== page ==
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What’s the difference between Fault Tolerance and High-Availability?

Last Updated: February 9th, 2023 4 min read Servers Australia

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Fault tolerance and high-availability

Fault tolerance and high-availability are two terms that are often used interchangeably in IT circles. The truth is, though, that there are several important distinctions between a fault tolerant system and a high-availability system. If you are considering upgrading to one of these two systems, it’s important to understand the unique advantages that both systems offer.

What is Fault Tolerance?

Like high-availability, fault tolerance is designed to minimise downtime. This is very important in any business for IT Disaster Recovery (DR). However, the methods used to minimise downtime in a fault tolerant system differ from those used by a high-availability system. In the end, a fault tolerant system is designed to enable the system to continue operating even if one of its components goes down. How to build an IT Disaster Recovery Plan.

There are several different methods of fault tolerance that you will want to be aware of.

Triple modular redundancy 

In a triple modular redundancy fault tolerant system, redundancy is achieved by having three different systems set up to perform the same process. The results that these systems produce are then checked by a majority voting system, which then produces a single output. In the event that one of the three systems fails, a correct output can still be generated since the other two systems will still provide a correct output to the majority voting system.

Forward error correction

Forward error correction involves adding redundancies directly to the message that a system sends out rather than the adding redundancies to the system itself. By adding redundancies within the message itself, the receiver is able to verify the data and correct certain errors that are caused by unstable or noisy channels.


Checkpointing is one of the most common methods of fault tolerance and is used regularly in common applications such as word processors. This method involves automatically saving data periodically so that the system can be restarted back to its saved state in the event of a crash. While checkpointing may seem simple enough, it can actually become a complicated process when you are backing up data on whole distributed systems. However, there are a number of solutions such as Distributed MultiThreading CheckPointing that simplify the process and allow you to checkpoint the status of multiple distributed systems.

Byzantine Fault-Tolerance

Byzantine fault-tolerance is essentially a combination of all the above methods. This multi-faceted approach to fault tolerance is designed to deal with situations where the majority of your system’s monitoring modules are not able to reach a consensus on what a given output should be. There are numerous solutions that Byzantine fault-tolerance relies on in order to address this problem. For now, though, suffice it to say that Byzantine fault-tolerance is the most comprehensive approach that you will have available when building a fault tolerant system.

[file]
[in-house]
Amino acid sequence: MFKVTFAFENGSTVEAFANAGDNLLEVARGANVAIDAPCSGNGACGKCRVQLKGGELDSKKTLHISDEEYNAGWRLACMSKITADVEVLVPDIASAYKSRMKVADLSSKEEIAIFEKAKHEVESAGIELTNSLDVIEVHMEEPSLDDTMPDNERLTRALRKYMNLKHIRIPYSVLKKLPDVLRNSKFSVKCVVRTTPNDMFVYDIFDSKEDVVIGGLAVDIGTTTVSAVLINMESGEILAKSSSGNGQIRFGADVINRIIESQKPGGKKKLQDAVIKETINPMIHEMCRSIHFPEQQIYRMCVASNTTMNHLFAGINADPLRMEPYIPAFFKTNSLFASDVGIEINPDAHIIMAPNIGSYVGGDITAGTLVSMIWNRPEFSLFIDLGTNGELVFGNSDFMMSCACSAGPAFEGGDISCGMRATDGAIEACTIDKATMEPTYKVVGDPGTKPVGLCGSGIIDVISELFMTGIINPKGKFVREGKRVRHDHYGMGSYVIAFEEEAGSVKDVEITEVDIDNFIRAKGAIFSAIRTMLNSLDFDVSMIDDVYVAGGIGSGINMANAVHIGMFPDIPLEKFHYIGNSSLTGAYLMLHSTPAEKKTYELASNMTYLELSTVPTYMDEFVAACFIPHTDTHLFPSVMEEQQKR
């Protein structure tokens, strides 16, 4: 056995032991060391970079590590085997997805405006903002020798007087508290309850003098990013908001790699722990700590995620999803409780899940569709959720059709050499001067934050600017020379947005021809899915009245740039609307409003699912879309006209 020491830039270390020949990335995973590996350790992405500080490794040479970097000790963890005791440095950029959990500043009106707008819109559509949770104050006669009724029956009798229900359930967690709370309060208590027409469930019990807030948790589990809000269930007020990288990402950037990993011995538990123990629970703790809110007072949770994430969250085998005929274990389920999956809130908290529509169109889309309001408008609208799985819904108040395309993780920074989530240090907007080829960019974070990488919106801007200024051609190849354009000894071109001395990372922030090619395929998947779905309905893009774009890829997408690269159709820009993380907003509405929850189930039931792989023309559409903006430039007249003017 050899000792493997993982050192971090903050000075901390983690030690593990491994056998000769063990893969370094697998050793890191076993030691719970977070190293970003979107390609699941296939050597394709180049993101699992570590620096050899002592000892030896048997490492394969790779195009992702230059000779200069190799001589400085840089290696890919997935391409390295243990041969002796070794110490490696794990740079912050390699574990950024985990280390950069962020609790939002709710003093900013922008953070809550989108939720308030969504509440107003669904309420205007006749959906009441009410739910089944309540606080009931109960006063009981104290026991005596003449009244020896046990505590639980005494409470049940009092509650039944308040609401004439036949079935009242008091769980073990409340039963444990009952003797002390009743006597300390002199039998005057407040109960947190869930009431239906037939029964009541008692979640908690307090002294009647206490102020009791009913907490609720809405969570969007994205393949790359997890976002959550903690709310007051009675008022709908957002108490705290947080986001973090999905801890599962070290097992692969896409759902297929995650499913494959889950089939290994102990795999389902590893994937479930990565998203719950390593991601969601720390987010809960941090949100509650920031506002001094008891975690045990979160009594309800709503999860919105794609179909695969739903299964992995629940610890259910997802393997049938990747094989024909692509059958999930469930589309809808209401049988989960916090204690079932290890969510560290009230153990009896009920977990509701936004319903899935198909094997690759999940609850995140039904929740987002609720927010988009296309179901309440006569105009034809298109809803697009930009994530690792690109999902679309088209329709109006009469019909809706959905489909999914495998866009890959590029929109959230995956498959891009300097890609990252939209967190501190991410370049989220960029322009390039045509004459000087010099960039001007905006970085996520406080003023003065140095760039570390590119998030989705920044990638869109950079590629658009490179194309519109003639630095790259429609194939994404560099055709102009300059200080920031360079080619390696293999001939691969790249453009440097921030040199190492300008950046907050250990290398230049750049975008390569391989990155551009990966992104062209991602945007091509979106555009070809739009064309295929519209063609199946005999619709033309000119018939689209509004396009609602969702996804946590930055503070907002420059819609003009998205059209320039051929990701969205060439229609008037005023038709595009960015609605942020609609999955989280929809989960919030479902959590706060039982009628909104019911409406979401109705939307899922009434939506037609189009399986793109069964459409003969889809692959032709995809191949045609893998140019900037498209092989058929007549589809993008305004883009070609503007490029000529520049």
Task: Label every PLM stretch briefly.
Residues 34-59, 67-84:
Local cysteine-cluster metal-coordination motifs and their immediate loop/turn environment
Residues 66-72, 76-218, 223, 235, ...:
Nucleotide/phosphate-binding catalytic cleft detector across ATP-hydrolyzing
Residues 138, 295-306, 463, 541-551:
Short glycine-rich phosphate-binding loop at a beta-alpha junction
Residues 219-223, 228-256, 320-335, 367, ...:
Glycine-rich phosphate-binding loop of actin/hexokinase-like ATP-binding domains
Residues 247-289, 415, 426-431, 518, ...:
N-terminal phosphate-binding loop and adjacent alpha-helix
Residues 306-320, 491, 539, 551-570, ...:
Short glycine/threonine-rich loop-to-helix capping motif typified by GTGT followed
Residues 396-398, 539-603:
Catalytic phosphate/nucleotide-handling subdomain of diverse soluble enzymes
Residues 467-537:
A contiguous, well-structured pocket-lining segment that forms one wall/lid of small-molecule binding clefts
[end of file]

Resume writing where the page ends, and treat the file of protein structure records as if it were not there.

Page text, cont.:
What’s the Difference Between Fault Tolerance and High-Availability?

While high-availability systems and fault tolerant systems are both designed to accomplish basically the same objective, there are a number of important distinctions between the two approaches. One key difference is that high-availability systems are designed to both limit downtime as well as keep the performance of the system from being negatively affected. With a fault tolerant system, downtime is still limited, but maintaining performance isn’t as much of a priority.

While this makes it sound as if high-availability systems have a clear advantage, there is an important benefit to fault tolerance that must be taken into account as well. If an error occurs during an active action in a fault tolerant system, the correct end state of that action will still be outputted. This is not the case with a high-availability system.

For example, if a user submits a request to your website that is hosted on a high-availability platform and a node crashes, the user will be given a 500 error message. However, the system will still remain operational and will be able to respond to new requests. With a fault tolerant system, though, the failure is worked around and a valid response is still displayed to the user – though it might be delayed. This is the most important distinction between high-availability and fault tolerance that you will want to keep in mind when deciding which system is best for your organisation.


Both high-availability systems and fault tolerant systems excel at preventing downtime and ensuring that single failures don’t crash the entire system, as understanding the importance of having an IT disaster recovery plan is essential. In the end, whether high-availability or fault tolerance is the right choice for your organisation comes down to your specific priorities and requirements.